Siemens AG, a conglomerate based in Germany, was reportedly the first company to conduct euro-based transactions using JPM Coin.
JPMorgan, an investment bank in the United States, is extending the use of its blockchain project, JPM Coin, into the realm of traditional banking. The bank has introduced euro-based payments for its corporate clients by deploying its blockchain-based payment system, JPM Coin, as reported by Bloomberg on June 23.
Basak Toprak, who serves as the head of Coin Systems for Europe, Middle East, and Africa at JPMorgan, revealed that JPM Coin commenced euro transactions on June 21. Toprak further mentioned that Siemens AG, a conglomerate based in Germany, was the first to conduct a euro payment using the platform.
The introduced system allows large multinational corporations and other clients to instantly transfer euros to and from their JPMorgan accounts, providing a 24/7 capability. This improvement is significant compared to traditional banking transactions, which are typically limited to business hours.
Basak Toprak of JPMorgan highlighted the cost benefits of timely payments, stating that clients could potentially earn more interest income on their deposits by utilizing this system.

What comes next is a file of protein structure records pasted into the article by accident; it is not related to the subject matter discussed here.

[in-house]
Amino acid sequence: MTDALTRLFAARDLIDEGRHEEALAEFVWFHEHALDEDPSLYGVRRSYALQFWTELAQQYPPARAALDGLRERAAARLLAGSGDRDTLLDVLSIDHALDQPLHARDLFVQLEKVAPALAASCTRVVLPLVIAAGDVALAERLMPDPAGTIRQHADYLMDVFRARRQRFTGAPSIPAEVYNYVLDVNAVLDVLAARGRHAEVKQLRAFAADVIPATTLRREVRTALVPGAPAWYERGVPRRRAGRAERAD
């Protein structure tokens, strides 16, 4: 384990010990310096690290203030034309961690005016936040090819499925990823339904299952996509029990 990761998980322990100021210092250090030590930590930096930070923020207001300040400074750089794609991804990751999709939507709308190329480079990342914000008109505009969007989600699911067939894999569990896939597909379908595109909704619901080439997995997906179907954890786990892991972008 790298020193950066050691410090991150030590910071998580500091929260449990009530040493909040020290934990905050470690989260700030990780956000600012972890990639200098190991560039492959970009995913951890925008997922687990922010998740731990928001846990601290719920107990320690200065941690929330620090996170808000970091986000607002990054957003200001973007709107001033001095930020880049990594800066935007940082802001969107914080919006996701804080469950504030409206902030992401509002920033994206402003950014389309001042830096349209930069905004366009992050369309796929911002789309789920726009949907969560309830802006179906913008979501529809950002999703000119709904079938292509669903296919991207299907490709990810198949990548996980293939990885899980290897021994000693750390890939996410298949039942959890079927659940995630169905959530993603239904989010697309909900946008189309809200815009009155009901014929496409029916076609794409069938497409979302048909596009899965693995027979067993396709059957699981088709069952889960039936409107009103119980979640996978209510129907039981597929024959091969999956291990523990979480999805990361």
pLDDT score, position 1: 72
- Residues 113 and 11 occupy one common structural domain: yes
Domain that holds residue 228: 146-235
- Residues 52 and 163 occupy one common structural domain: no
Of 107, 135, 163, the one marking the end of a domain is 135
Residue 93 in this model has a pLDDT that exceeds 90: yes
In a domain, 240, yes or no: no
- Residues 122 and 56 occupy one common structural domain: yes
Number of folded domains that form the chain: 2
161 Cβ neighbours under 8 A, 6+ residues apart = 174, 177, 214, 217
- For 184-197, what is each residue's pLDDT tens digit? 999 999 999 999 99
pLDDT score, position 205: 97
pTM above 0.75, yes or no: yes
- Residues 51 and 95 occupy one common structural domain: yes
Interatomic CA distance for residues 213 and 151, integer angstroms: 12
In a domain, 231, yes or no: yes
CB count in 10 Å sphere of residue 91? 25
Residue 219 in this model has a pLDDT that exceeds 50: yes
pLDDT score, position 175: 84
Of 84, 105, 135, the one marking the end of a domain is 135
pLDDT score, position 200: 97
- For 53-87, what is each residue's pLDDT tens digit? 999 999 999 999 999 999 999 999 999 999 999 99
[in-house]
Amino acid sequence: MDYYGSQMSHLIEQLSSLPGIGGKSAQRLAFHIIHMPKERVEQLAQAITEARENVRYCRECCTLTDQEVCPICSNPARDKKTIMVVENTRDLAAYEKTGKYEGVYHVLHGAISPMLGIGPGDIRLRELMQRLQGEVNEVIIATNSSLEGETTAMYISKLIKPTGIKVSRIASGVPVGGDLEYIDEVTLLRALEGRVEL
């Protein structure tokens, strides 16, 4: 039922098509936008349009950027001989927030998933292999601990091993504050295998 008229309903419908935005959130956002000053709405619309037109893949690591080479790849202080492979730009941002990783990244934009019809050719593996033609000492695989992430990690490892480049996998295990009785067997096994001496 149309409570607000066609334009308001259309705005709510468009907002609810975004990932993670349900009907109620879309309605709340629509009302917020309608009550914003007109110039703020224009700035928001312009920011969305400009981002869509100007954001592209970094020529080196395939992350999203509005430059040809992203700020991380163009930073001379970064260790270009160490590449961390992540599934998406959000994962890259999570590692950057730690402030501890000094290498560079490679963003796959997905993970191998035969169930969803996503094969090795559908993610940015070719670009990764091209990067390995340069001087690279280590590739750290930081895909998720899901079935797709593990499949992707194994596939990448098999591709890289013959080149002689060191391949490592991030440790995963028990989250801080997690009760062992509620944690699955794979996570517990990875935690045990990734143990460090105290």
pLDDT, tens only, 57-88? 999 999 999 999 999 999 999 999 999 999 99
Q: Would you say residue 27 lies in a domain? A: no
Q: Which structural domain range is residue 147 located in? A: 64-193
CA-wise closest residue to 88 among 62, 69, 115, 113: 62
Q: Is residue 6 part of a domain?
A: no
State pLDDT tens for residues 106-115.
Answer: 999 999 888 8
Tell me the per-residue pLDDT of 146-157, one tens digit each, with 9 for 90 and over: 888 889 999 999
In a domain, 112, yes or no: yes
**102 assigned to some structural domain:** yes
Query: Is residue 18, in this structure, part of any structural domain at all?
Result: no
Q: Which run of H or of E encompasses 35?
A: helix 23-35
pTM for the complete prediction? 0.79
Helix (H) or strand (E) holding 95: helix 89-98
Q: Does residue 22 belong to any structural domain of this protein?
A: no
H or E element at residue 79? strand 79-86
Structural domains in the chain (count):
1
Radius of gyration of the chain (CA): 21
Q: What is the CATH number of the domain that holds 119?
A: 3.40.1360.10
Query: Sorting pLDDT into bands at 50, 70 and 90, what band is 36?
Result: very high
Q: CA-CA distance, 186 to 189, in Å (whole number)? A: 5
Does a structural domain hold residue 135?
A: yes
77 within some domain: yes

JPM Coin, introduced in 2019, is a functional blockchain application that offers an alternative payment infrastructure utilizing blockchain technology. Since its launch, JPMorgan has reportedly processed approximately $300 billion worth of transactions using JPM Coin. However, the bank has yet to expand the system to match its overall daily payment volumes, which are estimated to be around $10 trillion.
JPM Coin is a component of JPMorgan’s blockchain-based platform called Onyx Coin Systems. Launched in 2020, Onyx was designed to enhance the efficiency and reliability of wholesale payment transactions. As of April 2023, JPMorgan has reportedly processed nearly $700 billion in short-term loan transactions through the Onyx platform.
JPMorgan is facing a fine of $4 million from the U.S. Securities and Exchange Commission (SEC) for mishandling internal communications. The bank reportedly made a mistake in 2019, accidentally deleting approximately 47 million emails from its retail banking group that were dated between January 1 and April 23, 2018.
This incident violated U.S. securities laws, which mandate that financial institutions must retain business records for a minimum of three years.
Important: This article is intended solely for informational purposes. It should not be considered or relied upon as legal, tax, investment, financial, or any other form of advice.
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